When President Reagan signed sweeping tax overhaul legislation that included a major expansion of the Earned Income Tax Credit, he proclaimed that “millions of working poor would be dropped from the tax rolls altogether” and called the legislation “the best anti-poverty bill” to come out of Congress. Both parties strongly favored the EITC, and bipartisan understanding of the struggles of working poor families spread to the states. Nearly half of them enacted a state EITC to complement the federal credit. But, today, the EITC no longer enjoys bipartisan support in some states, as Republicans seek to roll back or block improvements to state credits.
Michigan is a prime example. Yesterday, the House voted to eliminate the state’s EITC — a major shift, since the state enacted the credit in 2006 with near unanimous bipartisan support. The state Senate will likely follow. Republican Governor Rick Snyder proposed the elimination, despite his promises to reduce child poverty. Under the House plan, the credit will be replaced with a token $25 per child tax credit for EITC-eligible children.
This new credit would do almost nothing to offset the substantial state and local taxes that low-income working families pay, and it would not reduce poverty. In fact, we estimate that with or without the child tax credit, elimination of the state’s EITC will push about 14,000 children in working families below the poverty line.
This imminent EITC elimination comes after New Jersey’s Republican governor, Chris Christie, led the charge to cut back his state’s credit last year. Kansas and North Carolina also are considering proposals to roll back credits.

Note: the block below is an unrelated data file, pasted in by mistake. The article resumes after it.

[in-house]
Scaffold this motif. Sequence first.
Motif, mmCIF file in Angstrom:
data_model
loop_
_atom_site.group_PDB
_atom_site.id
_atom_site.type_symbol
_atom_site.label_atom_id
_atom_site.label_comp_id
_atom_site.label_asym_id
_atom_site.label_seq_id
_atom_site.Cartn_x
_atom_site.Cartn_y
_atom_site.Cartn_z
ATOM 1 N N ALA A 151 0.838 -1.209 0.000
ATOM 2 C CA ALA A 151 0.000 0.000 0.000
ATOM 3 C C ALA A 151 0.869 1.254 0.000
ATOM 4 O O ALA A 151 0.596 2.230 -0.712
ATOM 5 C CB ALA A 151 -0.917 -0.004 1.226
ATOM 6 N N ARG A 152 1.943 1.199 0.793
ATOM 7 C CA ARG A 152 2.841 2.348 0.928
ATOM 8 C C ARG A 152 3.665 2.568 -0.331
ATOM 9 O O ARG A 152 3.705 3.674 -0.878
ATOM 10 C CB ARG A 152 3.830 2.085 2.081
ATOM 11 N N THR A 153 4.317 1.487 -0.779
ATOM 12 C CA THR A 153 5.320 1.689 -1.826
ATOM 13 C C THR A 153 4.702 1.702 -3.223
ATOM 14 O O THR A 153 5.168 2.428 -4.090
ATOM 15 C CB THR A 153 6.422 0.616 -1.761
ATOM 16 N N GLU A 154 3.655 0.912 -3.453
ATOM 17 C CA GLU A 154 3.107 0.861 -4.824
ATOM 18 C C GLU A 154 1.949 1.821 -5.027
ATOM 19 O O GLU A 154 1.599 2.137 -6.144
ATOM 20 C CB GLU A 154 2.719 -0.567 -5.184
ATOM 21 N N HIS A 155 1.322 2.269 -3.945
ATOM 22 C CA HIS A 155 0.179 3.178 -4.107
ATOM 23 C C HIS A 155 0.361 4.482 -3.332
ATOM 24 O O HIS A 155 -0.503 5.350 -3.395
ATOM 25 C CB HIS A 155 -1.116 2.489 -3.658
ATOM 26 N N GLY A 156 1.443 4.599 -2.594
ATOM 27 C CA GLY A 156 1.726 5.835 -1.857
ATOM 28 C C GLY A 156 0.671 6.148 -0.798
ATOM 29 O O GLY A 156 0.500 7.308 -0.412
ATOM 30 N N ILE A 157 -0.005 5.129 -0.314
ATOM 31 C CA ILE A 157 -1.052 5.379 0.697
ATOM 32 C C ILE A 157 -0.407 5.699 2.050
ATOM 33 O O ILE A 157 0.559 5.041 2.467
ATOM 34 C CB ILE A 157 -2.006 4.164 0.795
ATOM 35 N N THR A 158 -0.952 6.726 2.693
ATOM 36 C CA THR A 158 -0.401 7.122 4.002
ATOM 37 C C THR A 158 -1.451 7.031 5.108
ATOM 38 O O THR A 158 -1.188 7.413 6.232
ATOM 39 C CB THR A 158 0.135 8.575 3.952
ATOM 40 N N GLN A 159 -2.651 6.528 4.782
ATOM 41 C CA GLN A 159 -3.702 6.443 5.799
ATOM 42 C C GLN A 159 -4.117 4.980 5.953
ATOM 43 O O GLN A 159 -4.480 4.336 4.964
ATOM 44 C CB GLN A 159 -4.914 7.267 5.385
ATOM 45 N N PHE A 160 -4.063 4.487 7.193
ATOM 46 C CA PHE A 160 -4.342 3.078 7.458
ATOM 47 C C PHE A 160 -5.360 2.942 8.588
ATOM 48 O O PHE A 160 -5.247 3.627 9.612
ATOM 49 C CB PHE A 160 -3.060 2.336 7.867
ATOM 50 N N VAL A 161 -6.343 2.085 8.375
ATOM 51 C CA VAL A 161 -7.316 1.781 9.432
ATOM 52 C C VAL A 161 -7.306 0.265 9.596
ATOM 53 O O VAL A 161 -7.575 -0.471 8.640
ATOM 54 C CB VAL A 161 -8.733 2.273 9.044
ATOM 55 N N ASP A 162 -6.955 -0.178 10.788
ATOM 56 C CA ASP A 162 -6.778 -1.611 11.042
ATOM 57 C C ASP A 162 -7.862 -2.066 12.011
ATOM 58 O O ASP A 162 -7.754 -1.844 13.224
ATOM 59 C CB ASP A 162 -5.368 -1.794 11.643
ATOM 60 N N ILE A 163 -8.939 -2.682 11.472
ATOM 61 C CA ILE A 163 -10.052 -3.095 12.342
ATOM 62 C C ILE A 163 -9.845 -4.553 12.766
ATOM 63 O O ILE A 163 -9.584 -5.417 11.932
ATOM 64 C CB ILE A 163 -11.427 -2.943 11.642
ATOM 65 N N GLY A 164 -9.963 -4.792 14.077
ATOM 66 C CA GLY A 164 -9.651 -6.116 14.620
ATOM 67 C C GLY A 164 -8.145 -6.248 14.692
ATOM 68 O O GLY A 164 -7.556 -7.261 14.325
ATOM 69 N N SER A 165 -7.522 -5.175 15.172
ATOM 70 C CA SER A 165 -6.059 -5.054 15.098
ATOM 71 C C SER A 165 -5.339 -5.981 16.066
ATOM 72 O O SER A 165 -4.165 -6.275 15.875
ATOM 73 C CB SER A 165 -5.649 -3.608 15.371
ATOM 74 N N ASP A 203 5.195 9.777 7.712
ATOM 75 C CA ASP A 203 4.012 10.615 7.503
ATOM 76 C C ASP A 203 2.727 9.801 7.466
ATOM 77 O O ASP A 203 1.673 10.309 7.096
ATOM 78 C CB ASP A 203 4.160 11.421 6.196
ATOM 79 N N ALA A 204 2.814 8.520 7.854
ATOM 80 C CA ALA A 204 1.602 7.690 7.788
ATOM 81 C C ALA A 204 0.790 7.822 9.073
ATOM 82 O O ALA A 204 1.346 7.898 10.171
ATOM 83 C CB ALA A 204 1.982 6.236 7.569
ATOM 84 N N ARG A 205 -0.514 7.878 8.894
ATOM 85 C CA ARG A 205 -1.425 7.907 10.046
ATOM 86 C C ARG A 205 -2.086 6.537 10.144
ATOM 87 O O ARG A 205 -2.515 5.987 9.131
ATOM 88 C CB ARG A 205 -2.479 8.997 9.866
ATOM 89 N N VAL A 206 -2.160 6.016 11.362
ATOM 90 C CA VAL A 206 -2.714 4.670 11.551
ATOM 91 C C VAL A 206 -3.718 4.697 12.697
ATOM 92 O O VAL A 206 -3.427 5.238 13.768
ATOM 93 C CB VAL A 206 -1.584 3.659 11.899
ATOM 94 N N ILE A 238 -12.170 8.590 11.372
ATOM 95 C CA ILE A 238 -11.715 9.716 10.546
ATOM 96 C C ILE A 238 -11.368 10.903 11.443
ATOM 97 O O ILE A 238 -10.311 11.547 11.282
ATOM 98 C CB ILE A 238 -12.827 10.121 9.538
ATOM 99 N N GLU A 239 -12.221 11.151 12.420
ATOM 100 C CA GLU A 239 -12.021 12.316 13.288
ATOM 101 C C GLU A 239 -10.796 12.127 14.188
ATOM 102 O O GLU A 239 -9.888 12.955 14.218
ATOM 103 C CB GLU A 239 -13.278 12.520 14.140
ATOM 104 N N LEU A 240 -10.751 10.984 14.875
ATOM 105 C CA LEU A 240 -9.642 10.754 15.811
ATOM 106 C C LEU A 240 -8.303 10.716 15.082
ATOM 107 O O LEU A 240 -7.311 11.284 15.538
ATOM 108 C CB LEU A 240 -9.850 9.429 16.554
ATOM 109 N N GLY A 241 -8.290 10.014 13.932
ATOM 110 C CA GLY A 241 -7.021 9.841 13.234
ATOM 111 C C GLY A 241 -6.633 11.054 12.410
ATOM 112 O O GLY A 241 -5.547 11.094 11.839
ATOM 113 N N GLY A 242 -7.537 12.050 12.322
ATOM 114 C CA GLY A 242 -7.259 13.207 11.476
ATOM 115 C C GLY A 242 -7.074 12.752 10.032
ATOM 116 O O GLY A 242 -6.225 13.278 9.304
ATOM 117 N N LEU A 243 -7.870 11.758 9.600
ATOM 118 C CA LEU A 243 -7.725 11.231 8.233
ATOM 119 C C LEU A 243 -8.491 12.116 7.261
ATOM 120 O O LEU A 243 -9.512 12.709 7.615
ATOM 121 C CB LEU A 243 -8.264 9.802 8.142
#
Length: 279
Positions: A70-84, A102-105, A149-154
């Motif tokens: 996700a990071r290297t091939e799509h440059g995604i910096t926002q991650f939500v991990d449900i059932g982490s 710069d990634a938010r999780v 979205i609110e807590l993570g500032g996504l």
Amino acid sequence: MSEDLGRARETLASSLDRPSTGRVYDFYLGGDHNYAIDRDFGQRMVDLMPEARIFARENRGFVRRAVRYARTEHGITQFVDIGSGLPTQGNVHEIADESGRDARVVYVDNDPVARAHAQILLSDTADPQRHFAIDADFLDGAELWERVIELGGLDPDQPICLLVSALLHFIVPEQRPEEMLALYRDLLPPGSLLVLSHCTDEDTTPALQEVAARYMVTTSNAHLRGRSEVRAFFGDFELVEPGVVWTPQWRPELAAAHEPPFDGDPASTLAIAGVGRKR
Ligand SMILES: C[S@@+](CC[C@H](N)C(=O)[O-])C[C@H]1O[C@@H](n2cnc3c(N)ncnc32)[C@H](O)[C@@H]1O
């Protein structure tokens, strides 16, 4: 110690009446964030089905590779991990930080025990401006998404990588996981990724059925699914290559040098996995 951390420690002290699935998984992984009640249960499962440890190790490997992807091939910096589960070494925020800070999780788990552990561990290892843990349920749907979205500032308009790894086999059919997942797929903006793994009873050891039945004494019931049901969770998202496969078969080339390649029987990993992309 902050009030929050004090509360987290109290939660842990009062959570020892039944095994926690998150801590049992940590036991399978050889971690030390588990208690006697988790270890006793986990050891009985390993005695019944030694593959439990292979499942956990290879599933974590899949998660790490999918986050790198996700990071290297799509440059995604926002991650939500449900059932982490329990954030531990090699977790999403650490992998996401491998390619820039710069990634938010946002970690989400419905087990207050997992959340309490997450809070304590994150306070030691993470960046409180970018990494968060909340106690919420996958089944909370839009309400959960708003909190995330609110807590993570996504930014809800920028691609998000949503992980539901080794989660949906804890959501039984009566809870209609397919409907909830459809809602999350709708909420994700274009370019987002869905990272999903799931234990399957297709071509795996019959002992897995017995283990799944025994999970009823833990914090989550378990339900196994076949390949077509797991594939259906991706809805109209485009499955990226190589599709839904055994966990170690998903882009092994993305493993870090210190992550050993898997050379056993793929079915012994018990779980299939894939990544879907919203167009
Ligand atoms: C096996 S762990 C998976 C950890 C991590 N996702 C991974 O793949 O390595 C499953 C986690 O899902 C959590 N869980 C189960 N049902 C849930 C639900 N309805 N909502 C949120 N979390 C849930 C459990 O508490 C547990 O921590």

In Iowa, lawmakers passed bipartisan legislation that includes a modest increase in the state’s EITC to 10 percent of the federal credit from 7 percent, but Republican Governor Terry Branstad vetoed it. The EITC expansion would have cost the state about $28 million over two years — a drop in the bucket compared with the personal income tax cuts proposed by Branstad and House leaders that would disproportionately benefit the state’s wealthiest households and cost more than $1 billion over the same period.
Branstad claimed the EITC “isn’t necessarily something that’s going to create jobs.” Yet he proposes hundreds of millions of dollars in business tax breaks in the face of hard evidence — as the Center’s Robert Tannenwald underscored yesterday — that such policies fall far short of the job-creating potential that supporters tout.
State EITCs, on the other hand, do exactly what they promise. By cutting taxes for families earning the least, EITCs help families and, notably, children, rise out of poverty. They reward work (only people with jobs can get the EITC). And they help the economy by putting dollars into the wallets of those most likely to spend them at local businesses.
With a proven record of success, the EITC has enjoyed bipartisan backing over the years. It’s troubling to see that support fade when working families are hurting most.